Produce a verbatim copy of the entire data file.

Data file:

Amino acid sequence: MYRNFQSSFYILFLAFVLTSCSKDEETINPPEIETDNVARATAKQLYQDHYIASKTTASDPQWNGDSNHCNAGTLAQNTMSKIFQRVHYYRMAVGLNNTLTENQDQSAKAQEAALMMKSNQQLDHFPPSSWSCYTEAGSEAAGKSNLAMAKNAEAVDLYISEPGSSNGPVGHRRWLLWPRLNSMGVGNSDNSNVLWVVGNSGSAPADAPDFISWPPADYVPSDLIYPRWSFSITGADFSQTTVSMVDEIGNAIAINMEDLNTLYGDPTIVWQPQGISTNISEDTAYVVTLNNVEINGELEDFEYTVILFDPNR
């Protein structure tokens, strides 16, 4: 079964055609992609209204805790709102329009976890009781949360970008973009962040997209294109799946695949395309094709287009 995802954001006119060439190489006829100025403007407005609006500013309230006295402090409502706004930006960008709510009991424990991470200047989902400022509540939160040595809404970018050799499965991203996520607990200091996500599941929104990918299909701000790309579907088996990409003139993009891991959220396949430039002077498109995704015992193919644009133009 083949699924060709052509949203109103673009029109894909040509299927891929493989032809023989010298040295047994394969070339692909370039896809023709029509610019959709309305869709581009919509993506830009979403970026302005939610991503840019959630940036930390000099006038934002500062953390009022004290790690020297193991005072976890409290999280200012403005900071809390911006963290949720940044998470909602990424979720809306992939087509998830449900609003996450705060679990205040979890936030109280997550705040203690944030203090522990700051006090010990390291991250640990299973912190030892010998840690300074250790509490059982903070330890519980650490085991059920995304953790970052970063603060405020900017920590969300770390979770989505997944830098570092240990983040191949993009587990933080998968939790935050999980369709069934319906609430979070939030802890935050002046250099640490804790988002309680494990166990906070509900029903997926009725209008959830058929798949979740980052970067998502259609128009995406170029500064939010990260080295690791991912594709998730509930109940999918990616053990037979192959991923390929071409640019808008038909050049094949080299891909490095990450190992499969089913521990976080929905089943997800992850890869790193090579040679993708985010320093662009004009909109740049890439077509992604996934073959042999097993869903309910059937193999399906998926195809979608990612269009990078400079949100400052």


Amino acid sequence: MYRNFQSSFYILFLAFVLTSCSKDEETINPPEIETDNVARATAKQLYQDHYIASKTTASDPQWNGDSNHCNAGTLAQNTMSKIFQRVHYYRMAVGLNNTLTENQDQSAKAQEAALMMKSNQQLDHFPPSSWSCYTEAGSEAAGKSNLAMAKNAEAVDLYISEPGSSNGPVGHRRWLLWPRLNSMGVGNSDNSNVLWVVGNSGSAPADAPDFISWPPADYVPSDLIYPRWSFSITGADFSQTTVSMVDEIGNAIAINMEDLNTLYGDPTIVWQPQGISTNISEDTAYVVTLNNVEINGELEDFEYTVILFDPNR
């Protein structure tokens, strides 16, 4: 079964055609992609209204805790709102329009976890009781949360970008973009962040997209294109799946695949395309094709287009 995802954001006119060439190489006829100025403007407005609006500013309230006295402090409502706004930006960008709510009991424990991470200047989902400022509540939160040595809404970018050799499965991203996520607990200091996500599941929104990918299909701000790309579907088996990409003139993009891991959220396949430039002077498109995704015992193919644009133009 083949699924060709052509949203109103673009029109894909040509299927891929493989032809023989010298040295047994394969070339692909370039896809023709029509610019959709309305869709581009919509993506830009979403970026302005939610991503840019959630940036930390000099006038934002500062953390009022004290790690020297193991005072976890409290999280200012403005900071809390911006963290949720940044998470909602990424979720809306992939087509998830449900609003996450705060679990205040979890936030109280997550705040203690944030203090522990700051006090010990390291991250640990299973912190030892010998840690300074250790509490059982903070330890519980650490085991059920995304953790970052970063603060405020900017920590969300770390979770989505997944830098570092240990983040191949993009587990933080998968939790935050999980369709069934319906609430979070939030802890935050002046250099640490804790988002309680494990166990906070509900029903997926009725209008959830058929798949979740980052970067998502259609128009995406170029500064939010990260080295690791991912594709998730509930109940999918990616053990037979192959991923390929071409640019808008038909050049094949080299891909490095990450190992499969089913521990976080929905089943997800992850890869790193090579040679993708985010320093662009004009909109740049890439077509992604996934073959042999097993869903309910059937193999399906998926195809979608990612269009990078400079949100400052």